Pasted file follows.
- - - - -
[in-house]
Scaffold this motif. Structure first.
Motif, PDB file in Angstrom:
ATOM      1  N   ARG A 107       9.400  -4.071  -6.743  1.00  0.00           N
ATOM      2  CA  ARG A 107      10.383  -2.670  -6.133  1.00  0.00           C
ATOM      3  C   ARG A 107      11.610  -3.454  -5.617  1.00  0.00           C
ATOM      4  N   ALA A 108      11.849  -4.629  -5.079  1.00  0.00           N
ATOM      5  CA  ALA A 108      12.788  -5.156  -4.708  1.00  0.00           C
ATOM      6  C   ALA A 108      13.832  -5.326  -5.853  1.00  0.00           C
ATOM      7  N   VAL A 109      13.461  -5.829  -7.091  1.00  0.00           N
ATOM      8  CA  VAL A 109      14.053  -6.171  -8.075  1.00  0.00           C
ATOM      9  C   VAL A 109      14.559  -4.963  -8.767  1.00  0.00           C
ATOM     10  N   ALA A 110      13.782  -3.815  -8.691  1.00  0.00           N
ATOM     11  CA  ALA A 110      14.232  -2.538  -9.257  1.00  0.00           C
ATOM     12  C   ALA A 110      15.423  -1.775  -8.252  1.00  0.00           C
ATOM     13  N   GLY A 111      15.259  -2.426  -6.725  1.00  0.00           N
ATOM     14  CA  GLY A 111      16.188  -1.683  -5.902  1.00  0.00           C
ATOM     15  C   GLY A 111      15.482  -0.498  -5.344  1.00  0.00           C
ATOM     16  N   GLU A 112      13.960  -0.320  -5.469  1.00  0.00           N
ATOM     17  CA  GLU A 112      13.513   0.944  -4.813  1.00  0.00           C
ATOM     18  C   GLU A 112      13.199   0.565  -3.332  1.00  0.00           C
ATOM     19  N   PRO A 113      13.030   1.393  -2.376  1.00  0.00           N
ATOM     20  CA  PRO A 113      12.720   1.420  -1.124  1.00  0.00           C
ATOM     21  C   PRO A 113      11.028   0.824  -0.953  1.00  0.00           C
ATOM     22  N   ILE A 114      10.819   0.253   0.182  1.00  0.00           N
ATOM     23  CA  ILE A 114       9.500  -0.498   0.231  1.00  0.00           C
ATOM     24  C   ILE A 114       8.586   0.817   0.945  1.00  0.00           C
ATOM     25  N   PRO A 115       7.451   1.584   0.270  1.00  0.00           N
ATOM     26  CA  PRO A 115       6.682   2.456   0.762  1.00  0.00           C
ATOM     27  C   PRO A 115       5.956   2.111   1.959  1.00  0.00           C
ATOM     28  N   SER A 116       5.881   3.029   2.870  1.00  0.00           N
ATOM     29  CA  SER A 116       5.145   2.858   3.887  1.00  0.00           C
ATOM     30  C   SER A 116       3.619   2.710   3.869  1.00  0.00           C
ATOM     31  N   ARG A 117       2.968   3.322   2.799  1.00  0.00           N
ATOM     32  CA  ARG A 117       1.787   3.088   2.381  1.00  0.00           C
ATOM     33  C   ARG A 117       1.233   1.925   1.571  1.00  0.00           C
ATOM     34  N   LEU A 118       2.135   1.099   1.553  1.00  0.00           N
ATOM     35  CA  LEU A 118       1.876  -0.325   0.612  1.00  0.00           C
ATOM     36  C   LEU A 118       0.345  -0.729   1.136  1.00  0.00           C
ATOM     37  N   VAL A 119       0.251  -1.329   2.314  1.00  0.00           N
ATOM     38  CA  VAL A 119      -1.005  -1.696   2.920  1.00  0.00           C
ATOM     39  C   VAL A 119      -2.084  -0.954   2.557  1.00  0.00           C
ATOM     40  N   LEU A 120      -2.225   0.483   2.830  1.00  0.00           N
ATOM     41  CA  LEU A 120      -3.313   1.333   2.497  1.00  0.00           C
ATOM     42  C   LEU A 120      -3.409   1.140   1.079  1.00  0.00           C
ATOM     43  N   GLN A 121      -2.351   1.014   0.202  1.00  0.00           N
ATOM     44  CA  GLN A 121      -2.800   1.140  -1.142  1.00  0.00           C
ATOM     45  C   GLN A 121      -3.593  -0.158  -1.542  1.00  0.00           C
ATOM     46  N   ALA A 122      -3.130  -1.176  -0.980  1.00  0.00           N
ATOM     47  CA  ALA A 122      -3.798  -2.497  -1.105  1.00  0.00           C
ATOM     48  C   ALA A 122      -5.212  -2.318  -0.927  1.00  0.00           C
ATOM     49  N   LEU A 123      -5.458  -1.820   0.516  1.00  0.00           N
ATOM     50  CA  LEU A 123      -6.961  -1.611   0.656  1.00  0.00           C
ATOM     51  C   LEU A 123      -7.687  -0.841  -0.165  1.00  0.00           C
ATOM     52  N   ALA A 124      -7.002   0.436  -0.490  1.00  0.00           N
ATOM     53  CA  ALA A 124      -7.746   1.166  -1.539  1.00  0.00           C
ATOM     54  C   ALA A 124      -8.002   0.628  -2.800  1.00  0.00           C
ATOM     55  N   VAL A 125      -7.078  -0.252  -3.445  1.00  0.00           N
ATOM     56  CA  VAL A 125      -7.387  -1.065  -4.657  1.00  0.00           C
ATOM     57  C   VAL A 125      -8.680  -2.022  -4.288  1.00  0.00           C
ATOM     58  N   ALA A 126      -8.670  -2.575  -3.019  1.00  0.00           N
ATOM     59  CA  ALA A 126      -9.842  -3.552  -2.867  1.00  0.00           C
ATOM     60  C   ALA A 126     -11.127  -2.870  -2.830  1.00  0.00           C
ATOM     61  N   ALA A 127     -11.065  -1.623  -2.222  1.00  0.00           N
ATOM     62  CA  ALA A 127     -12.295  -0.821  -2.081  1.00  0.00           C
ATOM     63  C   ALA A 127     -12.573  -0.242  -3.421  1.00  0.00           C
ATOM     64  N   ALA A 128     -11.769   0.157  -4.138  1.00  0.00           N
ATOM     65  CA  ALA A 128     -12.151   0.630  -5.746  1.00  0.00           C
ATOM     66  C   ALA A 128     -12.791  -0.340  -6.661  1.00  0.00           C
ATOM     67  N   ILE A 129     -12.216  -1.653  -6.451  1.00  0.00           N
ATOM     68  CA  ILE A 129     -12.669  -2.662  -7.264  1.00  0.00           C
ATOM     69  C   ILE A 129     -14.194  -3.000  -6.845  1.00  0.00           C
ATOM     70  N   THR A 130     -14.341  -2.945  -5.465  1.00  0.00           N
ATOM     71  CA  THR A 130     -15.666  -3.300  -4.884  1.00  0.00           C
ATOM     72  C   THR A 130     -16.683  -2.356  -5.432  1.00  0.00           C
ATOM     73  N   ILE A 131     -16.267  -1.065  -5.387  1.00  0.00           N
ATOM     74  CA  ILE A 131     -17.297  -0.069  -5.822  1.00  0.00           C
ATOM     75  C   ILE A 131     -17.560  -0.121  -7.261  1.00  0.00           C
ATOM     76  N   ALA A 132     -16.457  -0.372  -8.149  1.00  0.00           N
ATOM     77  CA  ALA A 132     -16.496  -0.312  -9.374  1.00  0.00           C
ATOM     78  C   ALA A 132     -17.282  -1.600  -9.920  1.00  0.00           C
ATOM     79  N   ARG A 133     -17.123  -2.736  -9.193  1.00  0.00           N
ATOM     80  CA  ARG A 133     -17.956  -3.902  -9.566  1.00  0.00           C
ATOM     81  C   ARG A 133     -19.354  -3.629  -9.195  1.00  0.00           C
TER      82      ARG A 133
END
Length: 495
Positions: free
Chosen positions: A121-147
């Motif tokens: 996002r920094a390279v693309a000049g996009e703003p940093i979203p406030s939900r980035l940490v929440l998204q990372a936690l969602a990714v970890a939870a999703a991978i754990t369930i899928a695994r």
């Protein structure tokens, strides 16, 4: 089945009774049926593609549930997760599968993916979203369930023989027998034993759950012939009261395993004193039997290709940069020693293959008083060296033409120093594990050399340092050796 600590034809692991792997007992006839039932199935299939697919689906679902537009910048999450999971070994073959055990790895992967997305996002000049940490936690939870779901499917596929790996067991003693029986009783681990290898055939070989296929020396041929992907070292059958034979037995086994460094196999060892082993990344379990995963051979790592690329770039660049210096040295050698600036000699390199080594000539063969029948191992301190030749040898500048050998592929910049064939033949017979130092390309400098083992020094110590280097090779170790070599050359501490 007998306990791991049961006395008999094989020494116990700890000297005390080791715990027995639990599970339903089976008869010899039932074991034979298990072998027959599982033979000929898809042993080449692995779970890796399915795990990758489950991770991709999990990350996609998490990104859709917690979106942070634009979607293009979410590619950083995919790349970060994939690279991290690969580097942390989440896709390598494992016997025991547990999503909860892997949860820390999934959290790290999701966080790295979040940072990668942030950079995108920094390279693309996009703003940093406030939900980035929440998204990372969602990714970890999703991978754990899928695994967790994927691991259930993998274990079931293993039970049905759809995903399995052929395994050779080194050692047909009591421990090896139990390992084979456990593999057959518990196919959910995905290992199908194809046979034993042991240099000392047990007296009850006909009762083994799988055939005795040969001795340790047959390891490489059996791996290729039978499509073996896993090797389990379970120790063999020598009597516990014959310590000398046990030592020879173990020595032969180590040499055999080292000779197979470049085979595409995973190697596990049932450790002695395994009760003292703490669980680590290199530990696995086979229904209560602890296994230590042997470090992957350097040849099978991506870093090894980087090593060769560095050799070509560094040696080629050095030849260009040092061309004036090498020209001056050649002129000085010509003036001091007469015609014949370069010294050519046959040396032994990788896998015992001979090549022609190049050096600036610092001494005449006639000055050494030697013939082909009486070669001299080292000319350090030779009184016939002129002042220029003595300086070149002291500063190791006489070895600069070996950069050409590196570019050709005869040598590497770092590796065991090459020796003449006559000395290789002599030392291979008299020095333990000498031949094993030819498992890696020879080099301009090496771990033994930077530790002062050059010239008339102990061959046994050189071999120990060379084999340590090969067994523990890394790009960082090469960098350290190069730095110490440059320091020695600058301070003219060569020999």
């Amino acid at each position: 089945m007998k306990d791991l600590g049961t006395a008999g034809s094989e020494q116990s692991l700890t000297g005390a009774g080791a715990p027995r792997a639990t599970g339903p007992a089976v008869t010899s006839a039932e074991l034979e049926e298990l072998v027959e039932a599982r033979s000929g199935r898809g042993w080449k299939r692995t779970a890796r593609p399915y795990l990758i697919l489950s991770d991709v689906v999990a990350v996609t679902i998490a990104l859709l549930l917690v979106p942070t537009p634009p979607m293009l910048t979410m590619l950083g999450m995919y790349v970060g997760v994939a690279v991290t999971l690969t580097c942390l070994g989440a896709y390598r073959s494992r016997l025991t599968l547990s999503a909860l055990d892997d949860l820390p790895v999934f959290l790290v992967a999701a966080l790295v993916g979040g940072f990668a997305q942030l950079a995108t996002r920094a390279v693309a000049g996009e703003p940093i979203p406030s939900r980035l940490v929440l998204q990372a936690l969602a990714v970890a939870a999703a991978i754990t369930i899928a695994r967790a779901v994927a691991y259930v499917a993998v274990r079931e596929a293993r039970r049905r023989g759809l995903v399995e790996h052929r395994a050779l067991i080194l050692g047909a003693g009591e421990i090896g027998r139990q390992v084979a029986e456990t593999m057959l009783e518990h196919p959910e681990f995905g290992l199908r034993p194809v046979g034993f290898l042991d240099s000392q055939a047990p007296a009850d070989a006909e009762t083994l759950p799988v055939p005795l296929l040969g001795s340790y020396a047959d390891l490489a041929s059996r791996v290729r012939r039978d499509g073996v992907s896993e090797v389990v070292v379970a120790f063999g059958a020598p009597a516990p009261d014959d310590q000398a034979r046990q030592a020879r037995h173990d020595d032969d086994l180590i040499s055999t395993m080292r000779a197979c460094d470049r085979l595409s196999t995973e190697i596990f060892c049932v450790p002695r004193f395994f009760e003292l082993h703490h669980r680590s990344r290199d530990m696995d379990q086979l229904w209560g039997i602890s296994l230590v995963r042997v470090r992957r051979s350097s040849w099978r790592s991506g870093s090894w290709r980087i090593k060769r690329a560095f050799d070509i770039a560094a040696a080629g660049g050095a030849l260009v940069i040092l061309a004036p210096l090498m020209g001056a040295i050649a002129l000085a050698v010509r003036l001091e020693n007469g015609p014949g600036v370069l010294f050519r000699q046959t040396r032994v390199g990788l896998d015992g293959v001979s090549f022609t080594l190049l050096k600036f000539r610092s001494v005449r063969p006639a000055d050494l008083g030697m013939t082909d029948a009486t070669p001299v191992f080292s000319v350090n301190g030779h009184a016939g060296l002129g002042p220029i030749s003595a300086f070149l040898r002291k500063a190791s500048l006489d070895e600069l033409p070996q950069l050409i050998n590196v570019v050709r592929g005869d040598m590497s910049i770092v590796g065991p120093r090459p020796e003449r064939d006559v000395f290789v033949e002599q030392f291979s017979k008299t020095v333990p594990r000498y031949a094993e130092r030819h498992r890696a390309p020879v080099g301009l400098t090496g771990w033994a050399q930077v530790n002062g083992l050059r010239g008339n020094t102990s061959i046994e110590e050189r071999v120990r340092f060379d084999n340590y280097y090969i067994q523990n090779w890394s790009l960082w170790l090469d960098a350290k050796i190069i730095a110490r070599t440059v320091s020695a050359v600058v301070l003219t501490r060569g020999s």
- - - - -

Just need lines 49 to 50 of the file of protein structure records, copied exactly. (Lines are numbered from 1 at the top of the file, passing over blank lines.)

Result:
ATOM     46  N   ALA A 122      -3.130  -1.176  -0.980  1.00  0.00           N
ATOM     47  CA  ALA A 122      -3.798  -2.497  -1.105  1.00  0.00           C